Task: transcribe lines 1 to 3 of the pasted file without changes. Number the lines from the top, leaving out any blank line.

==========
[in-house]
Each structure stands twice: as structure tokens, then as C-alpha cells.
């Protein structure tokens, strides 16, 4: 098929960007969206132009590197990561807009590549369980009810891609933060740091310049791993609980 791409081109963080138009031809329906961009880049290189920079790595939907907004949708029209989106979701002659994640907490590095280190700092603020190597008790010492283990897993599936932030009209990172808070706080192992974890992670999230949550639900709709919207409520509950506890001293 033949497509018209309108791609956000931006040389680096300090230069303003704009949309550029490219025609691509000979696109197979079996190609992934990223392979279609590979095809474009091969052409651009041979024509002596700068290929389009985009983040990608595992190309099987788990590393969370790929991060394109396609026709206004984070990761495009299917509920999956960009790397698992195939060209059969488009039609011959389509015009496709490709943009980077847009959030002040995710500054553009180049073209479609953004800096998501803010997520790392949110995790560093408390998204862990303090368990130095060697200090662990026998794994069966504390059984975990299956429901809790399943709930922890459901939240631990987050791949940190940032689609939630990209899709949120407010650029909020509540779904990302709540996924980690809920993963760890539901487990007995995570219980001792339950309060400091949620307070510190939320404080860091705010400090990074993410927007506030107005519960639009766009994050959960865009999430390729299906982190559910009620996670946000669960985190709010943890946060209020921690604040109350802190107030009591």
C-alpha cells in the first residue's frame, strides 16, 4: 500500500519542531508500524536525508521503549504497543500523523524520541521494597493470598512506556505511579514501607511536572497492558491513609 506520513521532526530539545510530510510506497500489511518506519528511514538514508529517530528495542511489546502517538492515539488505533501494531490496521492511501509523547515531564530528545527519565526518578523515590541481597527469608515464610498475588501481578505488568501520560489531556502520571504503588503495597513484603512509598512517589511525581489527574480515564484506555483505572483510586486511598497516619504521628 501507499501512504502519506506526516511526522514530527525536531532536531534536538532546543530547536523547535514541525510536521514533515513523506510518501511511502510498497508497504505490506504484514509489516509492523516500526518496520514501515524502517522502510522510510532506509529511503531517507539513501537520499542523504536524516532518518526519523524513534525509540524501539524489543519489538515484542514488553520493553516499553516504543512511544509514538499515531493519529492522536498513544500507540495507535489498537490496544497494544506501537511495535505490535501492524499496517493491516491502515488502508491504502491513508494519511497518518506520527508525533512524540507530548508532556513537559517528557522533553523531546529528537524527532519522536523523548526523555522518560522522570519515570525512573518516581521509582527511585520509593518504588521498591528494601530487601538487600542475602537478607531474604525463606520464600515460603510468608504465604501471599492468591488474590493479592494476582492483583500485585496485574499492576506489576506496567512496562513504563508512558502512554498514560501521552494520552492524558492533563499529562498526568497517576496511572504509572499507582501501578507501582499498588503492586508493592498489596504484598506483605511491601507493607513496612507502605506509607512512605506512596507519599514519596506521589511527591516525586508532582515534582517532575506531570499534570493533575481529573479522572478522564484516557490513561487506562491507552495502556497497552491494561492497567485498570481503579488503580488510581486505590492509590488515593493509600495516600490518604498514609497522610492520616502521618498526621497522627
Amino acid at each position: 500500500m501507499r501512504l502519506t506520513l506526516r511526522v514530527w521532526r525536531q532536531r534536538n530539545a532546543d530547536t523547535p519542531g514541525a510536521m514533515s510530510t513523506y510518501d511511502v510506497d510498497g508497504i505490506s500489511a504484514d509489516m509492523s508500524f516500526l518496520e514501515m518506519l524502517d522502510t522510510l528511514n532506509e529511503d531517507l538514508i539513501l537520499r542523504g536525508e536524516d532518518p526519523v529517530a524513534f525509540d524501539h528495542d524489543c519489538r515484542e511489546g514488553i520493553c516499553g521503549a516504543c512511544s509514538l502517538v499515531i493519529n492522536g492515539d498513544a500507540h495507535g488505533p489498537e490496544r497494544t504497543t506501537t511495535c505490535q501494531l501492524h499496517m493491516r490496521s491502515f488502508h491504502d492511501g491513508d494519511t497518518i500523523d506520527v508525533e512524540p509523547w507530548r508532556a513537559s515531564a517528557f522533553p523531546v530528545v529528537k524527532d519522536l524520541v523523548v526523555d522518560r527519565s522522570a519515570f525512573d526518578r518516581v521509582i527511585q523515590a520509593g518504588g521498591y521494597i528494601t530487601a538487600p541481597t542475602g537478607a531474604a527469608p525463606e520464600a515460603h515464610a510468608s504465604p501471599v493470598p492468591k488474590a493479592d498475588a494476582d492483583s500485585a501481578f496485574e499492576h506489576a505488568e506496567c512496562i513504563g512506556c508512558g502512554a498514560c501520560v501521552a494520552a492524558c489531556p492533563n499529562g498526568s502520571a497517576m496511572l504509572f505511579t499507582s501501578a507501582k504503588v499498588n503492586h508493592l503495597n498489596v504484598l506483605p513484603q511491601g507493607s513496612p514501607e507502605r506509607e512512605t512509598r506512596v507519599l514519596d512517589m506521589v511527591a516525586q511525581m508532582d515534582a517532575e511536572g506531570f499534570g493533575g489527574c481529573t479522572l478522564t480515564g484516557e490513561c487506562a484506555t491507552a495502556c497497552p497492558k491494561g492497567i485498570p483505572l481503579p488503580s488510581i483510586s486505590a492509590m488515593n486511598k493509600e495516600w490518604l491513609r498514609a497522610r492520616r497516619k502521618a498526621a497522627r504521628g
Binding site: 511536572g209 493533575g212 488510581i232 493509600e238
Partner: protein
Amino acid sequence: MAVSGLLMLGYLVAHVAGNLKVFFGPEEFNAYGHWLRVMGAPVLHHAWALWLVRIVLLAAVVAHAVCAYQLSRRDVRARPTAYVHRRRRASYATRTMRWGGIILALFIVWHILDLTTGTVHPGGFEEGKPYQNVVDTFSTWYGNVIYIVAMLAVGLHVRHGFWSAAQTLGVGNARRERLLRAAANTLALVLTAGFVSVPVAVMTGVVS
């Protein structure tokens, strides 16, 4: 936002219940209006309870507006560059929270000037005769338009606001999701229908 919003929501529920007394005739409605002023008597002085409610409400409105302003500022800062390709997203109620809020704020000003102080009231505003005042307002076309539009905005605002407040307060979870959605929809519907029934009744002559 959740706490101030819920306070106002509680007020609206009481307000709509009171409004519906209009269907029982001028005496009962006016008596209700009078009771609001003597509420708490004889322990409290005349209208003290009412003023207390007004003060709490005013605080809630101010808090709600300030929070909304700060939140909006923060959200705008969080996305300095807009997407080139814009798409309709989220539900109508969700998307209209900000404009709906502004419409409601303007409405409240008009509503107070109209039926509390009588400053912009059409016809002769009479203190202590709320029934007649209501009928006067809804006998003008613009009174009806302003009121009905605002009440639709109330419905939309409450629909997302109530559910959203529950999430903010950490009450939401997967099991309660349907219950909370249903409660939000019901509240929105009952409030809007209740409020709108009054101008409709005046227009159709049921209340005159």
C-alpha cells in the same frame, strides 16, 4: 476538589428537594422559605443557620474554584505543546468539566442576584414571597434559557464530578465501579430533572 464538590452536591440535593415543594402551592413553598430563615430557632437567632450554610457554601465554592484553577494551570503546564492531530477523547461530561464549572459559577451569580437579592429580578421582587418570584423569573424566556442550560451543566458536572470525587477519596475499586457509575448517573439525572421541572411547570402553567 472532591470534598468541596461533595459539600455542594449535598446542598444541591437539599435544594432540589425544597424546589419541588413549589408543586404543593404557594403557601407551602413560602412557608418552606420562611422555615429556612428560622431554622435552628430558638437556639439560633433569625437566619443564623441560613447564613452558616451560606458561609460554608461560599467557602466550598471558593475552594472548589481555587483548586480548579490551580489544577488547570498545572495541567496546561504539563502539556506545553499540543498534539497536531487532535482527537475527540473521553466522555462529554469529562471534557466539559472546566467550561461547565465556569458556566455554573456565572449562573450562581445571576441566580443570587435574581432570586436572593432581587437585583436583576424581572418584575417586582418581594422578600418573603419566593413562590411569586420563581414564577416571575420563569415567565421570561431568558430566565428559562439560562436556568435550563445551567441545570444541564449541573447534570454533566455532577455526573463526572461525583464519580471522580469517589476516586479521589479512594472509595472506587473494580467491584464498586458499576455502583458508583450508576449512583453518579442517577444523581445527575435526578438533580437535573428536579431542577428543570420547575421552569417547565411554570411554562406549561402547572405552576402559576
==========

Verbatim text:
[in-house]
Each structure stands twice: as structure tokens, then as C-alpha cells.
């Protein structure tokens, strides 16, 4: 098929960007969206132009590197990561807009590549369980009810891609933060740091310049791993609980 791409081109963080138009031809329906961009880049290189920079790595939907907004949708029209989106979701002659994640907490590095280190700092603020190597008790010492283990897993599936932030009209990172808070706080192992974890992670999230949550639900709709919207409520509950506890001293 033949497509018209309108791609956000931006040389680096300090230069303003704009949309550029490219025609691509000979696109197979079996190609992934990223392979279609590979095809474009091969052409651009041979024509002596700068290929389009985009983040990608595992190309099987788990590393969370790929991060394109396609026709206004984070990761495009299917509920999956960009790397698992195939060209059969488009039609011959389509015009496709490709943009980077847009959030002040995710500054553009180049073209479609953004800096998501803010997520790392949110995790560093408390998204862990303090368990130095060697200090662990026998794994069966504390059984975990299956429901809790399943709930922890459901939240631990987050791949940190940032689609939630990209899709949120407010650029909020509540779904990302709540996924980690809920993963760890539901487990007995995570219980001792339950309060400091949620307070510190939320404080860091705010400090990074993410927007506030107005519960639009766009994050959960865009999430390729299906982190559910009620996670946000669960985190709010943890946060209020921690604040109350802190107030009591």